typedef enum {
   kCantReach,
   kWillConnect,
   kAmConnected
}   HowConnected;
HowConnected
HowAmIReachingHost(char *   hostName)
{
   SCNetworkConnectionFlags      theFlags;
   if (SCNetworkCheckReachabilityByName(hostName,
         &theFlags)) {
      if (theFlags & kSCNetworkFlagsReachable)
         return kAmConnected;
      if (theFlags & kSCNetworkFlagsConnectionAutomatic)
         return kWillConnect;
      else
         return kCantReach;
   }
   else
      return kCantReach;
   //   When in doubt, say it's unreachable.
}

ConnectivityApproved
For the particular case of thomas.loc.gov, see whether and how we can reach it. If we can't, inform 
the user and return NO. If we can without further action, return YES. If connecting requires dialing 
out, ask the user for permission, and return whether the user granted it.

BOOL
ConnectivityApproved(void)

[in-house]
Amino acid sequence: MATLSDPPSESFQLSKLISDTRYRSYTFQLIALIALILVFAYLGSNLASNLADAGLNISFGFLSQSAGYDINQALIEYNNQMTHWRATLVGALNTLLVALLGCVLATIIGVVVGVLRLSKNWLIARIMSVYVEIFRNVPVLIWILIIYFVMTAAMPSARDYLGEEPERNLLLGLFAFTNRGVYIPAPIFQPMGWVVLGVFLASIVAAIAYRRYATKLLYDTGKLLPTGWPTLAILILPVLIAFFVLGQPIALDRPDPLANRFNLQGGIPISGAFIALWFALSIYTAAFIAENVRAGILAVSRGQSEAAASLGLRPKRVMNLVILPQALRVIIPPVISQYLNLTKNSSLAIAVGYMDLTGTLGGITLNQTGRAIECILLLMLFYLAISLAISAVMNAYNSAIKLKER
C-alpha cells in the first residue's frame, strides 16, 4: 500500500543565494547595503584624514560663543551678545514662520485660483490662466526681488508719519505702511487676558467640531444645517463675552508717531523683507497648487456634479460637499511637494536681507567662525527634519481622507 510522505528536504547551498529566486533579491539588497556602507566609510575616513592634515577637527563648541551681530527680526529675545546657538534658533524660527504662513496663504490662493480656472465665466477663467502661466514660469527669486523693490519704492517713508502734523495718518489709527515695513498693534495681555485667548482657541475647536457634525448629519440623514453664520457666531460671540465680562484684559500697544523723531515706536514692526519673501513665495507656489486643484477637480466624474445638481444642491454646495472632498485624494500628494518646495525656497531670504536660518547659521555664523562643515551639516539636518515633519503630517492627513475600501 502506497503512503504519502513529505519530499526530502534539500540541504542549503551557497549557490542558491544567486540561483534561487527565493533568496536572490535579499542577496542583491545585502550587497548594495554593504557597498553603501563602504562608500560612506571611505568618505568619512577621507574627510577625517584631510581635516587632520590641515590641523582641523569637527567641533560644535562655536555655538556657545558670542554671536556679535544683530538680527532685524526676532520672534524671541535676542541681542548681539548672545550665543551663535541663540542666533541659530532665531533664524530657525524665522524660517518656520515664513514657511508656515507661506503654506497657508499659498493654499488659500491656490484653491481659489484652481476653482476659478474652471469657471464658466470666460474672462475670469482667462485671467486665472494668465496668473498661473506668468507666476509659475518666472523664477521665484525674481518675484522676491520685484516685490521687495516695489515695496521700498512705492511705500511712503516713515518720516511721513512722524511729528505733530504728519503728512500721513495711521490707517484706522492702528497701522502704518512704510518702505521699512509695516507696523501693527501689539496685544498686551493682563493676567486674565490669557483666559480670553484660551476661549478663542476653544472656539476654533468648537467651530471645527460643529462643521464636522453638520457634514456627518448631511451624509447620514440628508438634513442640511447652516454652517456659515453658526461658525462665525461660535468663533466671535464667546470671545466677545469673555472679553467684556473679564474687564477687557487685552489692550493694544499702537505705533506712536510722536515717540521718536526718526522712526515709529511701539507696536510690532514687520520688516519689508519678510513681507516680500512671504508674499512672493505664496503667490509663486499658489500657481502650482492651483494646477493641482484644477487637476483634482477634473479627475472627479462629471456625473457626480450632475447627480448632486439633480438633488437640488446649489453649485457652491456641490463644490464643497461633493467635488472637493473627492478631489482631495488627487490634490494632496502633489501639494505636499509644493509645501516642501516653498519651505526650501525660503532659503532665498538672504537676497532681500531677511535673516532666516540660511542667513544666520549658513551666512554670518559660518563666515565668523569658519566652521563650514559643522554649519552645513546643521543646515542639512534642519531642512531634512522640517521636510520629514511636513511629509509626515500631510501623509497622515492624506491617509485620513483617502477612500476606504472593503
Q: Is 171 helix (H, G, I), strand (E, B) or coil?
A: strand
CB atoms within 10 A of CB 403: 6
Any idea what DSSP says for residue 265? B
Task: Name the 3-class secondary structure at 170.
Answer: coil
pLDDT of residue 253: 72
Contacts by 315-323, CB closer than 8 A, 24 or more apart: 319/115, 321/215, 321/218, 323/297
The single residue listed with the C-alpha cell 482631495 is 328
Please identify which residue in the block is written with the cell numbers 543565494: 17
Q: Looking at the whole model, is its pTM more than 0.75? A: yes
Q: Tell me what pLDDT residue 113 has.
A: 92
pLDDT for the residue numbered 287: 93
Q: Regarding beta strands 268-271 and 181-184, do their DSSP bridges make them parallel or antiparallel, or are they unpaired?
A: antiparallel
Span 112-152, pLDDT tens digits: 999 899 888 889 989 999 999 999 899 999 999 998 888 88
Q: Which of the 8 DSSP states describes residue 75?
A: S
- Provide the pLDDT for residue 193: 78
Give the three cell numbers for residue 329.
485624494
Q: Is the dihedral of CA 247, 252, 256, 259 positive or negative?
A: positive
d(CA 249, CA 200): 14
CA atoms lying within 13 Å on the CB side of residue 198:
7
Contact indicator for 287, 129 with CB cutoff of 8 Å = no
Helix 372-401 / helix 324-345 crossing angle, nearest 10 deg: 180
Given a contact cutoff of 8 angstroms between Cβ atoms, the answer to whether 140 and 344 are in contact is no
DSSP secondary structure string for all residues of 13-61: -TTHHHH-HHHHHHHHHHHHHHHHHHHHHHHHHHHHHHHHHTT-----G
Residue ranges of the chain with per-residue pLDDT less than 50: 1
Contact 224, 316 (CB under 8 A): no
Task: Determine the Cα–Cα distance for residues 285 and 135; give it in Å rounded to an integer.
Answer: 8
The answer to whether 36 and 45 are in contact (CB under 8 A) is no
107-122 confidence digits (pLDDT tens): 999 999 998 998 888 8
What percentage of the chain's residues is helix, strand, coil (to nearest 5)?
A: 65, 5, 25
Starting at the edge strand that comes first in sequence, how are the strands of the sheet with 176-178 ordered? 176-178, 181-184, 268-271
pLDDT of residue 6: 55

{
   BOOL      retval = YES;   //   Assume connection is OK
   int      alertResult;
   switch (HowAmIReachingHost("thomas.loc.gov")) {
      case kCantReach:
         NSRunCriticalAlertPanel(
               @"Can't reach the Internet",
               @"Your computer could find no way to get a "
                  @"connection to the Library of Congress "
                  @"server (thomas.loc.gov).", 
               @"OK", nil, nil);
         //   Note that C compilers will join consecutive strings.
         //   GCC does this for @-strings as well as for C-strings.
         retval = NO;         //   Unreachable; return NO
         break;
      case kWillConnect:
         alertResult = NSRunAlertPanel(
               @"Will connect to the Internet",
               @"Your computer must connect to the Internet "
                  @"to answer your query. Is this all right?",
               @"Connect", @"Cancel", nil);
         if (alertResult == NSCancelButton)
            retval = NO;      //   User didn't want to dial out
            break;
      case kAmConnected:
         break;
   }
   
return retval;
}

Performing the GET